For Immediate Release, January 13, 2016
||Michael Robinson, Center for Biological Diversity, (575) 313-7017, email@example.com
Delia Malone, Rocky Mountain Chapter of the Sierra Club, (970) 319-9498
Public Calls for Colorado Officials to Adopt Science-based Wolf Stance
Citizens to Rally Today in Denver to Support of Alternative to
Colorado Wildlife Commission's Anti-wolf Resolution
DENVER, Colo.— As the Colorado Parks and Wildlife Commission prepares to vote today on a resolution reaffirming the state’s long-held opposition to wolves, conservationists and citizens will rally in support of an alternative resolution supporting recovery of these endangered animals.
The research-based, pro-wolf resolution would place the state on record requesting that the federal government develop a recovery plan for Mexican gray wolves incorporating portions of southern Colorado, where scientists say this rare subspecies must be reintroduced for recovery. The proposal also calls for a national gray wolf recovery plan incorporating northern Colorado to help ensure the survival of wolves in neighboring Wyoming.
“The livestock industry has convinced Colorado Gov. Hickenlooper and his commission to oppose wolves,” said Michael Robinson of the Center for Biological Diversity. “That would not only leave wolves vulnerable to extinction, but result in more elk being shot in Rocky Mountain National Park to safeguard native plants, and continue to deprive scavengers like eagles and bears of wolves’ leftovers. Colorado’s ecosystems and the wolves themselves deserve better.”
Gov. Hickenlooper recently joined the governors of Utah, Arizona and New Mexico in sending a letter to federal wildlife officials seeking to ban or restrict the movements of Mexican wolves, including keeping them out of Colorado entirely.
Scientists say that recovery of Mexican wolves requires the establishment of three interconnected populations in the Southwest, totaling at least 750 animals. They have identified southern Colorado as one of the regions that could support hundreds of wolves while providing connectivity to other wolf populations, which is important to ameliorate ongoing inbreeding.
“Colorado needs wolves and wolves need Colorado,” said Delia Malone, wildlife team chair for the Rocky Mountain Chapter of the Sierra Club. “The Colorado Parks and Wildlife Commission’s draft resolution 16-01, which seeks to prevent the repatriation of gray wolves to Colorado, is contrary to best available science and is founded on inaccuracies regarding the impact of wolves on ranching and recreational economies. We believe that by working together to implement wolf-livestock coexistence strategies, the people of Colorado can have the benefits of both a thriving ranching industry as well as intact natural habitats and ecosystems with their top predator restored.”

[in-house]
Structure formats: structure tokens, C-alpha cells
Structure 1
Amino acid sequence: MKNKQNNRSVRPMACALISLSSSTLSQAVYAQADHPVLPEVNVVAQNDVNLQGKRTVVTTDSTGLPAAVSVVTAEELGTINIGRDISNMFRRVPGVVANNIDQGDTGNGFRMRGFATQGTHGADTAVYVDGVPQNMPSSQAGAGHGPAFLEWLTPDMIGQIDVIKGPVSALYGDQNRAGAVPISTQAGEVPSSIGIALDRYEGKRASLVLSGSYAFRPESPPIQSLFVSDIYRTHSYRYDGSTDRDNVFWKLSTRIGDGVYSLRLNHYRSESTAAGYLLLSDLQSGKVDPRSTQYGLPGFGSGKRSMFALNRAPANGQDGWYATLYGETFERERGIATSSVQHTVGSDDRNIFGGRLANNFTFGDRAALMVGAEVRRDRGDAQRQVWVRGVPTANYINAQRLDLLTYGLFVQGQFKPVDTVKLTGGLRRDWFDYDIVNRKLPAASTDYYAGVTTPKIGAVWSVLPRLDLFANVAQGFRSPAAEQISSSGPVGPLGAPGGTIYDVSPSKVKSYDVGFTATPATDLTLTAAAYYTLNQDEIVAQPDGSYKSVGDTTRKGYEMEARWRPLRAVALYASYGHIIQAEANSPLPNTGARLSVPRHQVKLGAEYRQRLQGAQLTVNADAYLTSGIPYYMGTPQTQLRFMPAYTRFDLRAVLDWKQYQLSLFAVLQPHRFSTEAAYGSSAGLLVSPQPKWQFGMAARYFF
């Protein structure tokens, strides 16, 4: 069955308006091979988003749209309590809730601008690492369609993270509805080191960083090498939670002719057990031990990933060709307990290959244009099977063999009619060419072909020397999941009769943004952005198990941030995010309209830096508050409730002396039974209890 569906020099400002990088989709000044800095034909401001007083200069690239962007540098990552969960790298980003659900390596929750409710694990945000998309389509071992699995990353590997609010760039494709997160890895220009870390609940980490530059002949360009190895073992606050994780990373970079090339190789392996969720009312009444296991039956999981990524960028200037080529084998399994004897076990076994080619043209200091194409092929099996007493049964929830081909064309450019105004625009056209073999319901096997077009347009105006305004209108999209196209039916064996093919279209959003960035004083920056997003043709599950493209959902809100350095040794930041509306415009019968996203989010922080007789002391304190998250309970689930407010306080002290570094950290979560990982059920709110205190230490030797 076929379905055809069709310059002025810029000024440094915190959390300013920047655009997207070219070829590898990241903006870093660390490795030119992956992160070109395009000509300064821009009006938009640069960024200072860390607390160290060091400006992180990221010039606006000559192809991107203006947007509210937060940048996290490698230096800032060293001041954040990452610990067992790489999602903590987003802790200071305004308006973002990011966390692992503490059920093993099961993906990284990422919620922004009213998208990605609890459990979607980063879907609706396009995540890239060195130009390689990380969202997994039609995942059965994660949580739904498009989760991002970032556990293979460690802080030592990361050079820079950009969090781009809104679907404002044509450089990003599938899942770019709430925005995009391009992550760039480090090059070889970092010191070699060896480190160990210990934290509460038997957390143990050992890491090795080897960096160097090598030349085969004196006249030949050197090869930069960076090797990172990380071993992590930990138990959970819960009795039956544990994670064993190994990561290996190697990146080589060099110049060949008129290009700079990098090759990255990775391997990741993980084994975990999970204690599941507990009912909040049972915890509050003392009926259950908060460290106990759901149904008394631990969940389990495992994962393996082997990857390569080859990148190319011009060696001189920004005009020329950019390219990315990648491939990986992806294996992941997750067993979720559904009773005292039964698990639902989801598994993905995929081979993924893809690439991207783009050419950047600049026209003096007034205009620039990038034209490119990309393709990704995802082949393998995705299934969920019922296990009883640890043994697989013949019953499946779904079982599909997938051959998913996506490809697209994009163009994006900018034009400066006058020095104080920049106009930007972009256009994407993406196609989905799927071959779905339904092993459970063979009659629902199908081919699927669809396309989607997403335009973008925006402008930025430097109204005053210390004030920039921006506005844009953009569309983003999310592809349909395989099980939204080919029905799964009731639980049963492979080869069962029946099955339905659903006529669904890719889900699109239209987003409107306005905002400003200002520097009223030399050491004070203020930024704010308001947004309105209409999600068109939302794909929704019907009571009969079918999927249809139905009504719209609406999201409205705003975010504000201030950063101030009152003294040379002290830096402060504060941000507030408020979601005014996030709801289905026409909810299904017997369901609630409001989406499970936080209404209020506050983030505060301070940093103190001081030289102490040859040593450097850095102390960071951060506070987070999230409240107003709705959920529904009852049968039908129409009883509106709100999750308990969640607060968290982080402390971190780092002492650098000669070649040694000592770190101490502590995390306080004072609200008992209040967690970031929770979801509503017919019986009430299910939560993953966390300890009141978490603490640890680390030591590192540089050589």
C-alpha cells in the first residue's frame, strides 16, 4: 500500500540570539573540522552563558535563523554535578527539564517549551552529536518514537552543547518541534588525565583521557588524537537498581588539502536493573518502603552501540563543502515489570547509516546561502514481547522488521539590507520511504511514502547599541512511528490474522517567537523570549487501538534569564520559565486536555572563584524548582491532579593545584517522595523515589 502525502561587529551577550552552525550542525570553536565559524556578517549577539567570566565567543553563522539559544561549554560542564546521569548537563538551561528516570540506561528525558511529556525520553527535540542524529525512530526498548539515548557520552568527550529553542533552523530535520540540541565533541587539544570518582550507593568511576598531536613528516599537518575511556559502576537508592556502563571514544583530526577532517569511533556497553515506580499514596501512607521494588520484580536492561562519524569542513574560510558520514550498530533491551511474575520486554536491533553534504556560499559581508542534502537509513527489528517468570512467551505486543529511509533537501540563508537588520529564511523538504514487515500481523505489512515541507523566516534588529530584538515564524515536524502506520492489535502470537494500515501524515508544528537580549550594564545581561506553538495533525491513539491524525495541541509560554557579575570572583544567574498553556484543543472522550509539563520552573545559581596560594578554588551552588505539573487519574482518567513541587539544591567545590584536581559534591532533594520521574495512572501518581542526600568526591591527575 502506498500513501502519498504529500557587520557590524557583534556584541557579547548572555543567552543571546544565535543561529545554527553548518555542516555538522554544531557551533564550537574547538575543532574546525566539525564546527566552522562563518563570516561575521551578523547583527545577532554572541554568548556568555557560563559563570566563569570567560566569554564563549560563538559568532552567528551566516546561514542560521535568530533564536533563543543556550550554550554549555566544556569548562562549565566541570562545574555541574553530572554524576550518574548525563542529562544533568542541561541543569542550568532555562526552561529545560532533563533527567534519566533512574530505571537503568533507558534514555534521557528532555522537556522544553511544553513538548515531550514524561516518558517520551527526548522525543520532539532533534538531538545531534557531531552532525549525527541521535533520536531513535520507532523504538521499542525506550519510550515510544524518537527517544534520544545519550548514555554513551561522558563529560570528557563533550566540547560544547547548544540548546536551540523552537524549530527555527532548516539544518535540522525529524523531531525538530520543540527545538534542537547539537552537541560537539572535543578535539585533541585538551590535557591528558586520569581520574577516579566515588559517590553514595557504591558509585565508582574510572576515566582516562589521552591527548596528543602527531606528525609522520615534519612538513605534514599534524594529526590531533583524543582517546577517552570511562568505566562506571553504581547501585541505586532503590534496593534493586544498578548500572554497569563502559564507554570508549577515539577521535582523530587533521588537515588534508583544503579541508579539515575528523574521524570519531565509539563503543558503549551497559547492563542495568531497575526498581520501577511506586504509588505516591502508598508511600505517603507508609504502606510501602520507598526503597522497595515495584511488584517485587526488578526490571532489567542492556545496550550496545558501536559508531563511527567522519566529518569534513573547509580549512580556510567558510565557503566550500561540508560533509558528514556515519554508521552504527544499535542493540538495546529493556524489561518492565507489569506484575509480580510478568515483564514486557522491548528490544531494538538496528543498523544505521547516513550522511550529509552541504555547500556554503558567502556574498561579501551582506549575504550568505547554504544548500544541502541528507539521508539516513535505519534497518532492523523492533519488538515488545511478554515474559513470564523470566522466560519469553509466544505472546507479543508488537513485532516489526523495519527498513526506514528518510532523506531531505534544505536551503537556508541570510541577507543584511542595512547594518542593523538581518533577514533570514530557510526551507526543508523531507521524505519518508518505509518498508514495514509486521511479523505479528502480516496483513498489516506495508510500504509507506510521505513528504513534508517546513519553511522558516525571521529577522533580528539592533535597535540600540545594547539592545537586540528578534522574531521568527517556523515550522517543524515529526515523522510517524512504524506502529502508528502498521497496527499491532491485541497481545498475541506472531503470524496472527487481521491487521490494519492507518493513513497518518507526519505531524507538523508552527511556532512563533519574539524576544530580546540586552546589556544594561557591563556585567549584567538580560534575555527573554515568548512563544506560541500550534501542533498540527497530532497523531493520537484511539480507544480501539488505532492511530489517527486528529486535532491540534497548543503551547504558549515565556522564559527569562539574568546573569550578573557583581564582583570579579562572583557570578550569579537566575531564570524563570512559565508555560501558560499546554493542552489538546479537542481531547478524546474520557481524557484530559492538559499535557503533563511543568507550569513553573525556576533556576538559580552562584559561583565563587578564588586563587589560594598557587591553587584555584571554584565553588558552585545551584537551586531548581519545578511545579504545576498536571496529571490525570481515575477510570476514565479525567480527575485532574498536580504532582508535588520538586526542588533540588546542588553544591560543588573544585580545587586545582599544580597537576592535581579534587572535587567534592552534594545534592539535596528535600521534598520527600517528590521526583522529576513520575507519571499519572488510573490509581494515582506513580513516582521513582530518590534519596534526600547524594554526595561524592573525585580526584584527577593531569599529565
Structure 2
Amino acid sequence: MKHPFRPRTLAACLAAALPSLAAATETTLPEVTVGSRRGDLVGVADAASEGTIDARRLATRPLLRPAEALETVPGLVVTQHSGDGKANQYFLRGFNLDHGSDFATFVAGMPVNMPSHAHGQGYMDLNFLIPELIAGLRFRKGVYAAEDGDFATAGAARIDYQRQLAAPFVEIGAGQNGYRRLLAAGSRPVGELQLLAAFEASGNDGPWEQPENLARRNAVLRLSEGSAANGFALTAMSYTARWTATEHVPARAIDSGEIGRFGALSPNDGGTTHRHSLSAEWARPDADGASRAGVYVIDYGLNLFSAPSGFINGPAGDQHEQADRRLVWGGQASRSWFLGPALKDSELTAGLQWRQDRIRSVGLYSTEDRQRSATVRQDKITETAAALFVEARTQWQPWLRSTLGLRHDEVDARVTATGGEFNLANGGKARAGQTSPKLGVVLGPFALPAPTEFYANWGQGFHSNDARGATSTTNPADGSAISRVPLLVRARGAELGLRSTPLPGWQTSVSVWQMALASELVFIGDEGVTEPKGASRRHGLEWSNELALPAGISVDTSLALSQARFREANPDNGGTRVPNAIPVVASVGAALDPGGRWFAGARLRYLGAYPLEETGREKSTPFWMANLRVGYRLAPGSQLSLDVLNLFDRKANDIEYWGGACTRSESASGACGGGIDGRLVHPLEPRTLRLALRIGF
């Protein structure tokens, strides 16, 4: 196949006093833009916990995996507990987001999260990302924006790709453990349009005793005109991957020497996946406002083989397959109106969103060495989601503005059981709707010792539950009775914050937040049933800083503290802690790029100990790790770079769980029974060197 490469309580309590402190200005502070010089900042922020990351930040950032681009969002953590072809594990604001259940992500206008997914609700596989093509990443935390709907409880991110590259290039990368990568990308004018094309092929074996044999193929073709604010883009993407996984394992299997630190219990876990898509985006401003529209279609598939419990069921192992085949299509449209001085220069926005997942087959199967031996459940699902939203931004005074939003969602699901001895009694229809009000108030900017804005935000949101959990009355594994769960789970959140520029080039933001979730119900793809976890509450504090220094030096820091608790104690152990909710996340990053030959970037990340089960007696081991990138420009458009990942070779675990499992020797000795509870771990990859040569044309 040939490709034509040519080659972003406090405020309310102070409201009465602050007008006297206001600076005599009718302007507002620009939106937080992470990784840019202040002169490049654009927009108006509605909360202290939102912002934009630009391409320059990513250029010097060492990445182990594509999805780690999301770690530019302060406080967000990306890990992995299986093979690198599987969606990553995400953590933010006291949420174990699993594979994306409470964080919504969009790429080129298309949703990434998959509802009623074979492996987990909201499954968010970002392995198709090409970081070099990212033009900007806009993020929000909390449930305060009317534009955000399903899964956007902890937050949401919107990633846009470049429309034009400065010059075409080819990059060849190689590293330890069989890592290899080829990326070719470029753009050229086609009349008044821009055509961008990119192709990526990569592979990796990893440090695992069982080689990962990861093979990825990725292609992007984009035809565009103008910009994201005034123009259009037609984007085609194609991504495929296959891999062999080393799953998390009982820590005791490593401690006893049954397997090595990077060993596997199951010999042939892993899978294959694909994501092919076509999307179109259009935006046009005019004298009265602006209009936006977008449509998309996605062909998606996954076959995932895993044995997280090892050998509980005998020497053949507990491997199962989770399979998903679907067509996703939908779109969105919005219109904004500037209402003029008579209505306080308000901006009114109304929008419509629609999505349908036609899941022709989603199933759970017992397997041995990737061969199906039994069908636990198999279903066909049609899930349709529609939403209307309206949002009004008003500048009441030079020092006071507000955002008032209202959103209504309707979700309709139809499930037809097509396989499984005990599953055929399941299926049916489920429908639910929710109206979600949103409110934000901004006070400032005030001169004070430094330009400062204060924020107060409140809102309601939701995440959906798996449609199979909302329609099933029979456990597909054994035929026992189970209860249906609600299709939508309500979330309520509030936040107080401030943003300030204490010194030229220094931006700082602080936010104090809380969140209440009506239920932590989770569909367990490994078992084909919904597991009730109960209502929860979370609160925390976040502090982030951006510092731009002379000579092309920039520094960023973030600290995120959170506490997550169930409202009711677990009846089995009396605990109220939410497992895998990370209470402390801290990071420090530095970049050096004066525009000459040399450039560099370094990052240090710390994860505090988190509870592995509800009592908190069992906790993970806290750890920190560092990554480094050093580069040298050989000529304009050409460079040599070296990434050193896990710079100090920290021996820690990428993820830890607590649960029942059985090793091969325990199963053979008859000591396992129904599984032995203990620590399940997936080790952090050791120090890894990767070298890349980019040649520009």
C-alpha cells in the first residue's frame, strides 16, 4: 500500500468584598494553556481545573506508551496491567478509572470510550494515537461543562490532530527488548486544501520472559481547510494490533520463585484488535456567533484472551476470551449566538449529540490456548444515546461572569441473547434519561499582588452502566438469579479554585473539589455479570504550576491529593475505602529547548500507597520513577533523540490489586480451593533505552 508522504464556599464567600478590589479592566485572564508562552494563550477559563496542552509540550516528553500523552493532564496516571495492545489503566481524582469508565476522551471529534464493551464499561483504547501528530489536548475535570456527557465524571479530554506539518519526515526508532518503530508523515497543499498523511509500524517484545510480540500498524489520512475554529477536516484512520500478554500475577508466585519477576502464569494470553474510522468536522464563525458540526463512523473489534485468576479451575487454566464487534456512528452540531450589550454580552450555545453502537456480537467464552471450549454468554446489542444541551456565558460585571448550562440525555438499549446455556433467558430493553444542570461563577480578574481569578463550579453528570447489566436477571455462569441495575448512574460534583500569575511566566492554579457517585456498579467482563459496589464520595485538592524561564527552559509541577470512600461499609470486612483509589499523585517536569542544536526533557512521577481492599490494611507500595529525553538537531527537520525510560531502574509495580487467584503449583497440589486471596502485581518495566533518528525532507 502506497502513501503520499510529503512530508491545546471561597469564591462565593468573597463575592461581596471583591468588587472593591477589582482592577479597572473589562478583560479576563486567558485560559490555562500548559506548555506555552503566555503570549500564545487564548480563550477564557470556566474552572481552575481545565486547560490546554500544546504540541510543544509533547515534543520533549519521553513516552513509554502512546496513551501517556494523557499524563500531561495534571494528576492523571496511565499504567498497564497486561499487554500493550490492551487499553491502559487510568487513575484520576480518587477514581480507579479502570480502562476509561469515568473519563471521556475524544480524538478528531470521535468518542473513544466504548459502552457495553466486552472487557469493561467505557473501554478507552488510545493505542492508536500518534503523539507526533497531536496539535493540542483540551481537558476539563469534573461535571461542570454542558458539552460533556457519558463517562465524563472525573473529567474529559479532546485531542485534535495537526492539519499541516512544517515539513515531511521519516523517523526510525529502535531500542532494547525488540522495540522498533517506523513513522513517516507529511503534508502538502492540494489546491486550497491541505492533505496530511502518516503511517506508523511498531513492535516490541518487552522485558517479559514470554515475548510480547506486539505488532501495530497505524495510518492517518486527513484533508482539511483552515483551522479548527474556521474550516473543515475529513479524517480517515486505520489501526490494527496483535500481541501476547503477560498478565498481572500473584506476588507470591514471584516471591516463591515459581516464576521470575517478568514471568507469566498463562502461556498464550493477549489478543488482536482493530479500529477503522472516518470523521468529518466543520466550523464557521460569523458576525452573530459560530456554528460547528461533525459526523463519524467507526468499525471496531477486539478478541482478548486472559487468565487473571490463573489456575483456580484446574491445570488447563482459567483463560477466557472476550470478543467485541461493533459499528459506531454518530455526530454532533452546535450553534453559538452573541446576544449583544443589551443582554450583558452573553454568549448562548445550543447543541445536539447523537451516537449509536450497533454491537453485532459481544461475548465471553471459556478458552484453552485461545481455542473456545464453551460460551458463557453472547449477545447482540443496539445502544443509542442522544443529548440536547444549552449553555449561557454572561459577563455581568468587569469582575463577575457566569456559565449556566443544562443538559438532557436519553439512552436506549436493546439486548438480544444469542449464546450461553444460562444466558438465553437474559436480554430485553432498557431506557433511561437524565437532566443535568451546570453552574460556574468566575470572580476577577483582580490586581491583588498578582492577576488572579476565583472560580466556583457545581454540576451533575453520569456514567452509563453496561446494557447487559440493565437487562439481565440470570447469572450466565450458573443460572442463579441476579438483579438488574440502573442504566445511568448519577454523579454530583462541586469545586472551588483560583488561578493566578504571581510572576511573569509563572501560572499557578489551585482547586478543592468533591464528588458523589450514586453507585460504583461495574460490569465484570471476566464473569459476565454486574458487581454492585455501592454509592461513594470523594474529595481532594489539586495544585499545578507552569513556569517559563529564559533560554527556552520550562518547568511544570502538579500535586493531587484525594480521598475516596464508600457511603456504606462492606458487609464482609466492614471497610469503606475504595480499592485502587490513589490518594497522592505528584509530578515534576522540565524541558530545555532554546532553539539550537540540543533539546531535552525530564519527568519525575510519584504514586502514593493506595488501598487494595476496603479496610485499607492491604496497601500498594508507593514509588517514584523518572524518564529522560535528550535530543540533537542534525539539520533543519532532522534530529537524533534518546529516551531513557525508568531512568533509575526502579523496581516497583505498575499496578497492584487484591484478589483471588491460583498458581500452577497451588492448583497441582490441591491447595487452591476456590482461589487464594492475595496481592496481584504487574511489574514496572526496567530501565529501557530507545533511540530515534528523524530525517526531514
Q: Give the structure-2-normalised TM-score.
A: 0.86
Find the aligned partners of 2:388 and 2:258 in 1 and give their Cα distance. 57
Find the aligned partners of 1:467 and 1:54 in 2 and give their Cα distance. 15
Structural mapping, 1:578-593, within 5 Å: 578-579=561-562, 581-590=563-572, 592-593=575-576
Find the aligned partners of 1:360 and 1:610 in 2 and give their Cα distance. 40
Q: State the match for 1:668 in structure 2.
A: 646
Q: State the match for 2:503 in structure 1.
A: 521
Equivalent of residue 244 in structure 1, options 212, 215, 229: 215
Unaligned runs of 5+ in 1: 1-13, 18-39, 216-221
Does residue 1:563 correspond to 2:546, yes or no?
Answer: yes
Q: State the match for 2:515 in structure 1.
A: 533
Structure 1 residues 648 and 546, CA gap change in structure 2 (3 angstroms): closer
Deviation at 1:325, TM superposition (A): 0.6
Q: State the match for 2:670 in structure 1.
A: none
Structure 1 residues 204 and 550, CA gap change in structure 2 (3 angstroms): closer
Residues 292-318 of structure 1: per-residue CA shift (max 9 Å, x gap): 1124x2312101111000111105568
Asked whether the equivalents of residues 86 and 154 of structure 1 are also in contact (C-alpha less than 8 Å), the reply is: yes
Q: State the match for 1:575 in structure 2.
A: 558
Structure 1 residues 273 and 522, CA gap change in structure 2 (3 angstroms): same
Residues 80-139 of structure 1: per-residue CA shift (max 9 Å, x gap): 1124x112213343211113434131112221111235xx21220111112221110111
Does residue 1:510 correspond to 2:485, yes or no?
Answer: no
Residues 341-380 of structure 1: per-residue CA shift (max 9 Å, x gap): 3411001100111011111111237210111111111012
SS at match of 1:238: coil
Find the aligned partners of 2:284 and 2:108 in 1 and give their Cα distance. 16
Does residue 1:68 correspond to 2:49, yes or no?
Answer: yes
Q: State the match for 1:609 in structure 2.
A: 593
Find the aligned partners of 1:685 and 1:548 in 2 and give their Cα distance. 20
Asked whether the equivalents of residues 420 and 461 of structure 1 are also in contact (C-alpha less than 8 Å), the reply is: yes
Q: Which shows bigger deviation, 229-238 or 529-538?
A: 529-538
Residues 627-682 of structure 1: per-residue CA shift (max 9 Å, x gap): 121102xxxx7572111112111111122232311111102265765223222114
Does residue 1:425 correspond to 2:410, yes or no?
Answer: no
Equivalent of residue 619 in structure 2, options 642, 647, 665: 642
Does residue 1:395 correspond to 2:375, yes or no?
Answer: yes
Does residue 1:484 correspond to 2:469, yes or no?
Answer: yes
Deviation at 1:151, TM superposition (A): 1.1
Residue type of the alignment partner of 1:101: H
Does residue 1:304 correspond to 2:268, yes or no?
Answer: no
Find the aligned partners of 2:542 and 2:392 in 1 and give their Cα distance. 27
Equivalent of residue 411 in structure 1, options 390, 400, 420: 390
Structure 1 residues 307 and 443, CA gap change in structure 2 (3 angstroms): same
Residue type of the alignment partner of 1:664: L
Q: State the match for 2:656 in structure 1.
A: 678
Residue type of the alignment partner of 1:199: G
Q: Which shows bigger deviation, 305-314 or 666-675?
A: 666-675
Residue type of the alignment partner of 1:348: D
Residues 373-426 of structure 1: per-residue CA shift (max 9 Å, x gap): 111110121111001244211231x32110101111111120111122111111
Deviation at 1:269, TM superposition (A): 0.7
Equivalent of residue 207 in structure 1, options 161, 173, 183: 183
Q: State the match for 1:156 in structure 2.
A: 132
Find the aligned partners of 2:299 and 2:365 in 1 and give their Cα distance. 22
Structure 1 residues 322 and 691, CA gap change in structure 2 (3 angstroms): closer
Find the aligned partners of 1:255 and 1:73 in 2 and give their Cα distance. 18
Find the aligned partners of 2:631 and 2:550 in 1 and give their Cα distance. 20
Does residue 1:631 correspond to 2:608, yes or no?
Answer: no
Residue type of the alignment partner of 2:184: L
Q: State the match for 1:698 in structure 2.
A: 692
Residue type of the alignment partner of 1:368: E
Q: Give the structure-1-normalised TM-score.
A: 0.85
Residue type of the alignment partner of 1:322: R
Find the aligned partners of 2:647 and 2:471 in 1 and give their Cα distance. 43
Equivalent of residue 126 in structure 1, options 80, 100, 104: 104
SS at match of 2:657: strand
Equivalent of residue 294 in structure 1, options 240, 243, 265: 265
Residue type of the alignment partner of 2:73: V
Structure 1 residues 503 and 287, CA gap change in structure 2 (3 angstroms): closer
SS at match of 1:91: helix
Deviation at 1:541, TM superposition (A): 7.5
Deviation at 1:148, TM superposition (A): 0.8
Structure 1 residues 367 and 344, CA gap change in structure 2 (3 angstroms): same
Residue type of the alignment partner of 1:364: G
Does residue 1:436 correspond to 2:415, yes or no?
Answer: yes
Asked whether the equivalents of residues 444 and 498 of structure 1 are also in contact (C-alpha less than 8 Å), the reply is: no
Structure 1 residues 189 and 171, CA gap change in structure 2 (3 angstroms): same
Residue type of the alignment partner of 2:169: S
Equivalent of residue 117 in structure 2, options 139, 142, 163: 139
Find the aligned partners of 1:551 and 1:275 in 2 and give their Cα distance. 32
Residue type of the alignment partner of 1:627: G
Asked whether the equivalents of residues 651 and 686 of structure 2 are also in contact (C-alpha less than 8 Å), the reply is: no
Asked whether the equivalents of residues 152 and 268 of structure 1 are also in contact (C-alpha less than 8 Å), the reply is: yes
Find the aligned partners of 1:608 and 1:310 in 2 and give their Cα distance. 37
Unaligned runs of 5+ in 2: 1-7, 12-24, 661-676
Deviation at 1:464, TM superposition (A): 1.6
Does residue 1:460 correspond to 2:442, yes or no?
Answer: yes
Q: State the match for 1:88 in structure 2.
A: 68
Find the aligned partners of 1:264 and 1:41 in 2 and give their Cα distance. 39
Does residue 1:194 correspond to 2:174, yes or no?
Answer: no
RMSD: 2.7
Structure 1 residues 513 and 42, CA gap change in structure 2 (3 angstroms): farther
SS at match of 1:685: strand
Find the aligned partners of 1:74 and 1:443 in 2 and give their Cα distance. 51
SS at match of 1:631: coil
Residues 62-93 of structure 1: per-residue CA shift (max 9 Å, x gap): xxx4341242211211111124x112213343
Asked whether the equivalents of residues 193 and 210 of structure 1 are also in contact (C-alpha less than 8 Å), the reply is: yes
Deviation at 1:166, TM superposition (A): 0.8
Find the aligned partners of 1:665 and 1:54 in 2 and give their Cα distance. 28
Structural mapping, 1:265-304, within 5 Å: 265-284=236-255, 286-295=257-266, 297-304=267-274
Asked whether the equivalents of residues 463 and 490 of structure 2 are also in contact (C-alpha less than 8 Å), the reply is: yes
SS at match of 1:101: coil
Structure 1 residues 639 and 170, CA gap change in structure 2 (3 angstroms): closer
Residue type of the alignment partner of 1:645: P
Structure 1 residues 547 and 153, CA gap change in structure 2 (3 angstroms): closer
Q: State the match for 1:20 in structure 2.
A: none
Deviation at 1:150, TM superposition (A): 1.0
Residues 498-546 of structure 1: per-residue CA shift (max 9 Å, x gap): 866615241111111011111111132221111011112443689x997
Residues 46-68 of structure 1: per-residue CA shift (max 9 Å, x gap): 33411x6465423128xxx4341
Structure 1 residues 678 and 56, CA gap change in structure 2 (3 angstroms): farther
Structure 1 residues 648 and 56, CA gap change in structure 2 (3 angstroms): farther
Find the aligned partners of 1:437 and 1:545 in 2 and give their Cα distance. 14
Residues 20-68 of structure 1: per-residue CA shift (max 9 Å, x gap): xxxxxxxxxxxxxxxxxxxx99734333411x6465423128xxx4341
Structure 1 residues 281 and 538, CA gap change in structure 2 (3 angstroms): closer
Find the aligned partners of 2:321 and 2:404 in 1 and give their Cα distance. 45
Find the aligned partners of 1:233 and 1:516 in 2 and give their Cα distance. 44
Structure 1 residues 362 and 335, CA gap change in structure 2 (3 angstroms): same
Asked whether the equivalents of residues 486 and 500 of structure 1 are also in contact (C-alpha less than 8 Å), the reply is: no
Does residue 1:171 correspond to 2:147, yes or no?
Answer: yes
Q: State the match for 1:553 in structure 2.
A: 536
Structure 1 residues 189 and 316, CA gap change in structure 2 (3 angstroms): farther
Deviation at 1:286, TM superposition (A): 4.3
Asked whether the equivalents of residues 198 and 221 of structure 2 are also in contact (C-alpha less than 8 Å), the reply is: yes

The commission will address the wolf resolution at 4 p.m. today at the Hunter Education Building of the Department of Parks and Wildlife’s Headquarters, 6060 Broadway, in Denver. A rally in support of wolves will begin at 2 p.m. outside the meeting hall. Wednesday’s rally launches a regional day of action in support of endangered Mexican wolves, with wolf supporters in New Mexico, Arizona and Utah planning to hold rallies on Thursday.
The Mexican gray wolf is the most imperiled wolf subspecies in North America, and after extirpation from the wild was reintroduced from captivity to Arizona and New Mexico in 1998 and to northern Mexico in 2011. At last count a year ago, just 110 wolves survived in the U.S. Southwest, including only eight breeding pairs; around 20 wolves survive in Mexico. Another count will be carried out this month.
Wolves were exterminated from the western United States through a federal program of trapping and poisoning that began in 1915 and had eliminated almost all wolves by the mid-1920s. The last original wolf probably born in the western United States was killed by a federal trapper in Colorado’s Conejos County in 1945. Since wolves were reintroduced into Yellowstone National Park and Idaho’s Frank Church River of No Return Wilderness in the 1990s, four wolves naturally dispersed into Colorado, though three were killed by vehicle, poison and shooting.